Uptown community board leaders and neighborhood associations have expressed the need for new policies to rein in motorcycles and motorbikes, after a high-speed chase two weekends ago led to the beating of Alexian Lien, SEAS ’02, and landed three motorcycle riders in the hospital.
“What they did on the 29th was unconscionable,” said Linda Alexander, a member of Community Board 7’s Transportation and Business Committee, said. “To put 40 bikers on the West Side Highway at one time is absolutely dangerous. There have to be laws for that and there aren’t.”
On Sept. 29, a group of motorcyclists circled an SUV on West Side Highway, which then broke out of the pack to try to escape and ran over a biker in the process. The bikers caught up with the SUV, broke the driver’s window, and pulled Lien from his car to beat him.
“It had all the ingredients for a violent ending,” Pamela Palanque-North, the treasurer for Community Board 12, said of the incident. “What happens next is really important. Not all cyclists act illegally and criminally, as these people do. We need to talk and get connected as a community.”
Motorcycles and illegal motorbikes have been concerns in Harlem for years. Some residents complain about the noise and pollution they generate, in addition to safety hazards posed by bikers riding on sidewalks.
Cator Sparks, president of the 122nd Street Block Association, said riders often set off car alarms and run people over.
“The guys pretty much have free reign,” Sparks said.
Other locals, referring to illegal dirt bikes, have said they don’t want another reason for young men in the neighborhood to get arrested. Currently, the New York Police Department confiscates illegal bikes and arrests riders, but this too is cause for contention.
“The last thing we want to do is start promoting police action that is putting more young black men in jail,” said Jonathan Kahn, a representative of North Star Neighborhood Association, which represents the area between Morningside Park and Frederick Douglass Boulevard.
“It’s a cat-and-mouse game,” Sparks said.
In May, a group of dirt bikers called for the building of a motorcycle park, where dirt bikes would not be illegal. This would isolate the hazards associated with them, the group argued.
“Bikers have got to have a place of their own to ride their bikes,” Kahn said. “That’s what bikers in Harlem are organizing for, which is interesting from our perspective.”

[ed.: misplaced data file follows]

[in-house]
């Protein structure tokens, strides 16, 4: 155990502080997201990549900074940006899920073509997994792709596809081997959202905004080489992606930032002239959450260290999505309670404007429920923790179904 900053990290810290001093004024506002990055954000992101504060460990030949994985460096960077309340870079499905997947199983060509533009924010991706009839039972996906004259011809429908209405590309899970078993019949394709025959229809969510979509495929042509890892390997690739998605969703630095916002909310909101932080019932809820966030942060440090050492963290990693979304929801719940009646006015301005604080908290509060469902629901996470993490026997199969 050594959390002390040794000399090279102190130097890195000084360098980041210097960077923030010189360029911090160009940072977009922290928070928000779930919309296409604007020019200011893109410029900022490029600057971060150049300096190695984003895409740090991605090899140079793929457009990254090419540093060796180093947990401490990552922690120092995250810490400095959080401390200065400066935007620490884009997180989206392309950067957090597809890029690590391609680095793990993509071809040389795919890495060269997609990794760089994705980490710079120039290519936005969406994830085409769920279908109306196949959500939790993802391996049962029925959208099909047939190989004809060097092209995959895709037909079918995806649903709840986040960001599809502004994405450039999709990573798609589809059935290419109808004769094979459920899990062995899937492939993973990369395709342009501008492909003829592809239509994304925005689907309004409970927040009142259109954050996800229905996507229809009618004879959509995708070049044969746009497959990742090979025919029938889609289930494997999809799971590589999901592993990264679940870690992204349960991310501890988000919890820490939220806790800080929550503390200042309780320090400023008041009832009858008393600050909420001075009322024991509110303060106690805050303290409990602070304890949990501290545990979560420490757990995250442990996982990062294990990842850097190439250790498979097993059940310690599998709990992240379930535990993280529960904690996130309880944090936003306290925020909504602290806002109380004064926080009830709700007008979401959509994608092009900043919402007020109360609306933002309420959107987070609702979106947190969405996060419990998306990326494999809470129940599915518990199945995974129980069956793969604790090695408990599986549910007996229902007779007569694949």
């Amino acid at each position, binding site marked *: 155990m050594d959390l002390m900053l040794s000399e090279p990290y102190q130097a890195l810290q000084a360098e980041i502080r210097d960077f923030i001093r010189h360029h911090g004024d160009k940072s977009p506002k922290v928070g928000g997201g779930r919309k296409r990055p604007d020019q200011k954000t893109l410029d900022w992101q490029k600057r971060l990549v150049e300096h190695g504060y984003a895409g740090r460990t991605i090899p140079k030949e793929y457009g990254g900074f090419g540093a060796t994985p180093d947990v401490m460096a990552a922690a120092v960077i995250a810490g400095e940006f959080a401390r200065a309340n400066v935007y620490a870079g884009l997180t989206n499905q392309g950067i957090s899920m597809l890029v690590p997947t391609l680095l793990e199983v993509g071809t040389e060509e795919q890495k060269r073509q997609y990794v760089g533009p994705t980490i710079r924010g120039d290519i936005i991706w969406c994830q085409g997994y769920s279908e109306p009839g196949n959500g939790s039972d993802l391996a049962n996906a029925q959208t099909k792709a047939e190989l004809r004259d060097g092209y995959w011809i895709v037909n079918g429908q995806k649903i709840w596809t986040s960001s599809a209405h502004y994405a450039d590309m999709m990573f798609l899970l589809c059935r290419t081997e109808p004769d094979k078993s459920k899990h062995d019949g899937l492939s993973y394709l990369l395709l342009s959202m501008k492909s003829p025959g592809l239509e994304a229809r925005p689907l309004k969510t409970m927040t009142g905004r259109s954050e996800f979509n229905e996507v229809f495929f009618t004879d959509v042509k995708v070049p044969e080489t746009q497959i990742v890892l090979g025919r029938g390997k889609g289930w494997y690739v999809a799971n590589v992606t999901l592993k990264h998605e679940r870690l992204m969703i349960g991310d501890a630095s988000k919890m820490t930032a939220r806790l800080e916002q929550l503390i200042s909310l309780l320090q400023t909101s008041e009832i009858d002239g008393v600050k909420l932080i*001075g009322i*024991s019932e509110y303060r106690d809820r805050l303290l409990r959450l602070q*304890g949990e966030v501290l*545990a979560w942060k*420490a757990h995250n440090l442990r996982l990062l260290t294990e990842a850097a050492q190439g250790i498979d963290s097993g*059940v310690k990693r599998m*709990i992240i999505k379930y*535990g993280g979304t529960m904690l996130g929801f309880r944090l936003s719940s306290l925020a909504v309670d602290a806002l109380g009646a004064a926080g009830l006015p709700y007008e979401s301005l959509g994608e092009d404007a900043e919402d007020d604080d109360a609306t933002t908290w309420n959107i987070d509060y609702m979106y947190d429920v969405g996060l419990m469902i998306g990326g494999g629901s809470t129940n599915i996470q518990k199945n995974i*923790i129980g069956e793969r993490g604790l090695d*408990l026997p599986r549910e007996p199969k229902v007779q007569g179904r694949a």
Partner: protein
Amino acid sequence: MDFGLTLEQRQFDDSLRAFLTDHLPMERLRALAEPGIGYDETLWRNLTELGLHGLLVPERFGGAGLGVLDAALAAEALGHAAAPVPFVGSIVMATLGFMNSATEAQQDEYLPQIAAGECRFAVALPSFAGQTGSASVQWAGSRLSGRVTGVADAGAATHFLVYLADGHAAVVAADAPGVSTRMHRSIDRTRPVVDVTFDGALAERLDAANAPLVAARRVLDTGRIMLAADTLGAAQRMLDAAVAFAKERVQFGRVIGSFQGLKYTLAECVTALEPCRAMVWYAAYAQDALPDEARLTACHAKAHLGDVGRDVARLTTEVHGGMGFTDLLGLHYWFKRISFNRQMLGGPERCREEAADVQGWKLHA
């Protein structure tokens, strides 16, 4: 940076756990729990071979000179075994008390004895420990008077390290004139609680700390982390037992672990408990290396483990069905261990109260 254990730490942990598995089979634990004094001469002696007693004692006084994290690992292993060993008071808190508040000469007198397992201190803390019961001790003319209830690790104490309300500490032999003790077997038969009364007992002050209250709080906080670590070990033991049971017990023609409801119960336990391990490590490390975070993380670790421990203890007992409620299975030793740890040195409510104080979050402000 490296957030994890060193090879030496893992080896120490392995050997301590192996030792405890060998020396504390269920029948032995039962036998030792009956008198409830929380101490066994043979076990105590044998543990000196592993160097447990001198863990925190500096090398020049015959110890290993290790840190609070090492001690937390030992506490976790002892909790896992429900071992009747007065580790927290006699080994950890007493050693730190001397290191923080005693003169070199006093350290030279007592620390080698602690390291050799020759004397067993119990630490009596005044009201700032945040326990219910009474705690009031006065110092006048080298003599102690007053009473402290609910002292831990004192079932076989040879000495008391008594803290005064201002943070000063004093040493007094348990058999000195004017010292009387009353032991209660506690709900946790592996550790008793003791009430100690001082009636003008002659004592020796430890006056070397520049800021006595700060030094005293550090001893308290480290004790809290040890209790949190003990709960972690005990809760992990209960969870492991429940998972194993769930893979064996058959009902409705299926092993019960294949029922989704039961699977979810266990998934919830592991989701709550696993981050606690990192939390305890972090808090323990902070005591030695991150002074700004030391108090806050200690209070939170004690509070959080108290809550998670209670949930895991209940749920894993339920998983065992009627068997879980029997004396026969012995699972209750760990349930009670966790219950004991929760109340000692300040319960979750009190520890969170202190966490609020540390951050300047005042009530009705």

Kahn also said the incident two weeks ago sheds light on the greater problem of motorcycles and illegal motorbikes in New York City.
“Some issue was inevitable,” he said.
Georgiette Morgan-Thomas, chair of Community Board 9, said the assault of Lien made her concerned about problems potentially arising further south.
“We have such a large number of young people now that don’t have good values and judgment, so I can easily see something like that happening, even here, on our streets,” she said. “When people are traveling in packs, they develop a mob mentality and mob hysteria.”
Many Harlem residents agree that motorcyclists and motorbikes are a nuisance, and that police should take action.
“Lock them [the bikers] up. Get them off the streets,” said Robert James, who attends church in Harlem and said he was once almost run over by a motorbike. “The police should have their own motorcycle brigade to speed up on them and shut that stuff down.”
Isabelle Mahi, a Harlem resident, said she is concerned about children’s safety in the presence of motorbikes.
“We need policemen here, because we have so many children playing around. It’s not safe,” she said.
“The police need to try to do a better job,” Guillermo Lopez, another Harlem resident, said. “The motorcycles don’t respect the police. The police are supposed to do something, but they’re not doing anything.”
“I think that the motorcycles are going against a lot of the norms that we have for our streets,” Lauren Fisher, a Harlem resident, said. “The rambunctious attitude conflicts with the ways other people want to use the street.”
Still, some are concerned about the potential for racial discrimination in enforcement.
“Sometimes the police do a good job, but sometimes they abuse poor black and Hispanic people,” Jose Arberto, a Harlem resident, said.
Morgan-Thomas said a solution should involve local residents.
“If motorists and community residents call the police when they see these bikers, it may help the police in getting them without high speed chases,” she said.
Correction: An earlier version of this article stated that Cator Sparks was a member of the 123rd Street Block Association. He is president of the 122nd Street Block Association. Spectator regrets the error.